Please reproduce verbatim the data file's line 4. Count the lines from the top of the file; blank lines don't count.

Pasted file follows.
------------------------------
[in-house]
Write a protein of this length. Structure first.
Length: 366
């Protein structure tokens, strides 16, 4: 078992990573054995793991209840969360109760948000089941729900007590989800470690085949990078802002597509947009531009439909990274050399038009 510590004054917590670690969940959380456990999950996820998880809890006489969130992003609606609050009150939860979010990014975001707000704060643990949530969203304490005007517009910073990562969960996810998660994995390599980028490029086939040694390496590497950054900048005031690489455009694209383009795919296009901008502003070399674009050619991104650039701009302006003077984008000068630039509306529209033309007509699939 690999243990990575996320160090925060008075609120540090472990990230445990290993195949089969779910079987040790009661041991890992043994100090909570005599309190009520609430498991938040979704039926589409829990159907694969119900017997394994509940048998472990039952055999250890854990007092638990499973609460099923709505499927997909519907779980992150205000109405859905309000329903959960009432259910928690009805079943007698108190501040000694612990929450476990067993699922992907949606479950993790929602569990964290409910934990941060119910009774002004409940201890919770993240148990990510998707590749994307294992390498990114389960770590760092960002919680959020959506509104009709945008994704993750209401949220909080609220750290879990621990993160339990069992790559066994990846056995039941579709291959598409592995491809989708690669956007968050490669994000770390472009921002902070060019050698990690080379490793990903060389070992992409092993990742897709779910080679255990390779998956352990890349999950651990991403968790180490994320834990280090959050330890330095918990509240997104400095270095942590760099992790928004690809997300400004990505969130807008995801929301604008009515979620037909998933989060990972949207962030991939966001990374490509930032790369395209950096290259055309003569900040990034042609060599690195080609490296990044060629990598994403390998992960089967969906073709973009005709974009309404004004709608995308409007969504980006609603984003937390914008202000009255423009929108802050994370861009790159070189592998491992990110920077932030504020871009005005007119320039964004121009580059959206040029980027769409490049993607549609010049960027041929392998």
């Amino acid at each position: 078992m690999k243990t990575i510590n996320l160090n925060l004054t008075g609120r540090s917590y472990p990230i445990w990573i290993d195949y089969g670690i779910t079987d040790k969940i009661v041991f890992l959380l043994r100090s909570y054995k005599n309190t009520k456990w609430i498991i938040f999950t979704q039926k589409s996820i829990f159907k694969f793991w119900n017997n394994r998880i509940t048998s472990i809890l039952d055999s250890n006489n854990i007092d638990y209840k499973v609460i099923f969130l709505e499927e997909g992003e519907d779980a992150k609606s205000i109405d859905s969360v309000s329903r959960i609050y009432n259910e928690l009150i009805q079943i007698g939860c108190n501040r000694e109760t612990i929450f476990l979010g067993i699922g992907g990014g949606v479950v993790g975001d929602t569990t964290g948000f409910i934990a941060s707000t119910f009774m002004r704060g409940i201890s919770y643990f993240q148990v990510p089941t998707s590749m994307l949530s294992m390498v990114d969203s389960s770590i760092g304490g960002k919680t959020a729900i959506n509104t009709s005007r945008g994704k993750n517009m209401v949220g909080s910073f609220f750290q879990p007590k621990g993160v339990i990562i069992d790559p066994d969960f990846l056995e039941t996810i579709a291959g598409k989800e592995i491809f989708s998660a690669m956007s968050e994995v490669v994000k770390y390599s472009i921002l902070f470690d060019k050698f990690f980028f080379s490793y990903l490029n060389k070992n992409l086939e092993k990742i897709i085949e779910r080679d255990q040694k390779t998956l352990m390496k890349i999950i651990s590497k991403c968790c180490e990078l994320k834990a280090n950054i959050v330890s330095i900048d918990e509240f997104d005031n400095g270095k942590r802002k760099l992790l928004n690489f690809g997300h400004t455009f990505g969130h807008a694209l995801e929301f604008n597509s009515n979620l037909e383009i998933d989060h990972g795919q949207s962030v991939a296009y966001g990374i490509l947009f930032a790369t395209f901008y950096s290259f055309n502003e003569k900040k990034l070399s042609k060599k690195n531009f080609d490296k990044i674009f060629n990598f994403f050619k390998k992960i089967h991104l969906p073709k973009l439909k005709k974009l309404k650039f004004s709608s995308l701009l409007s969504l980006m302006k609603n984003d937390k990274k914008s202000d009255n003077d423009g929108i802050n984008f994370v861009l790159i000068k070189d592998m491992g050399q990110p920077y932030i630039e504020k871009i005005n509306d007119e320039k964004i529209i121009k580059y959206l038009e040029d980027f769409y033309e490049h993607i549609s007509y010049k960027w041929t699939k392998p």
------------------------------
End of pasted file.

């Protein structure tokens, strides 16, 4: 078992990573054995793991209840969360109760948000089941729900007590989800470690085949990078802002597509947009531009439909990274050399038009 510590004054917590670690969940959380456990999950996820998880809890006489969130992003609606609050009150939860979010990014975001707000704060643990949530969203304490005007517009910073990562969960996810998660994995390599980028490029086939040694390496590497950054900048005031690489455009694209383009795919296009901008502003070399674009050619991104650039701009302006003077984008000068630039509306529209033309007509699939 690999243990990575996320160090925060008075609120540090472990990230445990290993195949089969779910079987040790009661041991890992043994100090909570005599309190009520609430498991938040979704039926589409829990159907694969119900017997394994509940048998472990039952055999250890854990007092638990499973609460099923709505499927997909519907779980992150205000109405859905309000329903959960009432259910928690009805079943007698108190501040000694612990929450476990067993699922992907949606479950993790929602569990964290409910934990941060119910009774002004409940201890919770993240148990990510998707590749994307294992390498990114389960770590760092960002919680959020959506509104009709945008994704993750209401949220909080609220750290879990621990993160339990069992790559066994990846056995039941579709291959598409592995491809989708690669956007968050490669994000770390472009921002902070060019050698990690080379490793990903060389070992992409092993990742897709779910080679255990390779998956352990890349999950651990991403968790180490994320834990280090959050330890330095918990509240997104400095270095942590760099992790928004690809997300400004990505969130807008995801929301604008009515979620037909998933989060990972949207962030991939966001990374490509930032790369395209950096290259055309003569900040990034042609060599690195080609490296990044060629990598994403390998992960089967969906073709973009005709974009309404004004709608995308409007969504980006609603984003937390914008202000009255423009929108802050994370861009790159070189592998491992990110920077932030504020871009005005007119320039964004121009580059959206040029980027769409490049993607549609010049960027041929392998």